...Deep in America's heart, I believe, is the nagging fear that our best years as a nation may be over. We are disliked overseas and feel insecure at home. We watch as our federal budget hemorrhages red ink and our civil liberties are eroded. Crises in energy, health care and education threaten our way of life and our ability to compete internationally. There are also the issues of a costly, unpopular war; a long-neglected infrastructure; and an aging and increasingly needy population.Yes, Susan Eisenhower also compares Obama to her grandfather.
I am not alone in worrying that my generation will fail to do what my grandfather's did so well: Leave America a better, stronger place than the one it found.
The biggest barrier to rolling up our sleeves and preparing for a better future is our own apathy, fear or immobility. We have been living in a zero-sum political environment where all heads have been lowered to avert being lopped off by angry, noisy extremists. I am convinced that Barack Obama is the one presidential candidate today who can encourage ordinary Americans to stand straight again; he is a man who can salve our national wounds and both inspire and pursue genuine bipartisan cooperation. Just as important, Obama can assure the world and Americans that this great nation's impulses are still free, open, fair and broad-minded.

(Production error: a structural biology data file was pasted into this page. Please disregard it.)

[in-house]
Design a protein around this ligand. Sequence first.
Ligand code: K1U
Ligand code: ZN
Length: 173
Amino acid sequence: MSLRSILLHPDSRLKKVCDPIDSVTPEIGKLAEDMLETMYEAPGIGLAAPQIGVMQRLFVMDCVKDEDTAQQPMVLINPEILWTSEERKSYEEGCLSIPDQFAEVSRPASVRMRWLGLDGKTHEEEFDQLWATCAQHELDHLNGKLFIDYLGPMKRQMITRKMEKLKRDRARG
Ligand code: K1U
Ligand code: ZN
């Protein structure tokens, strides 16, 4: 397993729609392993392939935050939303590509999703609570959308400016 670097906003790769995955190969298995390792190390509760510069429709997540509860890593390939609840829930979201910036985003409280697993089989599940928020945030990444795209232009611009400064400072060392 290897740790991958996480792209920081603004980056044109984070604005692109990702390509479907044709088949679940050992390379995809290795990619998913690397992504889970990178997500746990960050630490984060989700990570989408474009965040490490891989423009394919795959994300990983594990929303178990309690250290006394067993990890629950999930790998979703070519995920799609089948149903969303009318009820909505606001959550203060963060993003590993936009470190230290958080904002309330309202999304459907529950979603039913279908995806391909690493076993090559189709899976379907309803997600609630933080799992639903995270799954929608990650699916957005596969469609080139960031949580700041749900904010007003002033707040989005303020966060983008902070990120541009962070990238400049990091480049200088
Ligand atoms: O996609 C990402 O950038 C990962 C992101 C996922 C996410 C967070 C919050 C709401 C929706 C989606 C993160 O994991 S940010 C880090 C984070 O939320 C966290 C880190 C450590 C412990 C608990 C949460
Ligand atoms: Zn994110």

...If the Democratic Party chooses Obama as its candidate, this lifelong Republican will work to get him elected and encourage him to seek strategic solutions to meet America's greatest challenges. To be successful, our president will need bipartisan help.
Given Obama's support among young people, I believe that he will be most invested in defending the interests of these rising generations and, therefore, the long-term interests of this nation as a whole. Without his leadership, our children and grandchildren are at risk of growing older in a marginalized country that is left to its anger and divisions. Such an outcome would be an unacceptable legacy for any great nation.
I'm sad to say the following: I believe that many Americans, of all Party persuasions, may be thinking in a manner similar to that presented in the above essay. If Obama makes the Democratic Party's ticket, that ticket just might take the election. Of course, one never knows what a voter will do once inside the voting booth. Also, any of the candidates could be swiftboated--if the mainstream media's hold can be broken.
Of this much I'm completely convinced: Conservative voters had better not sit out the 2008 National Elections, as many voters did in November 2006 in order to "teach the politicians a lesson."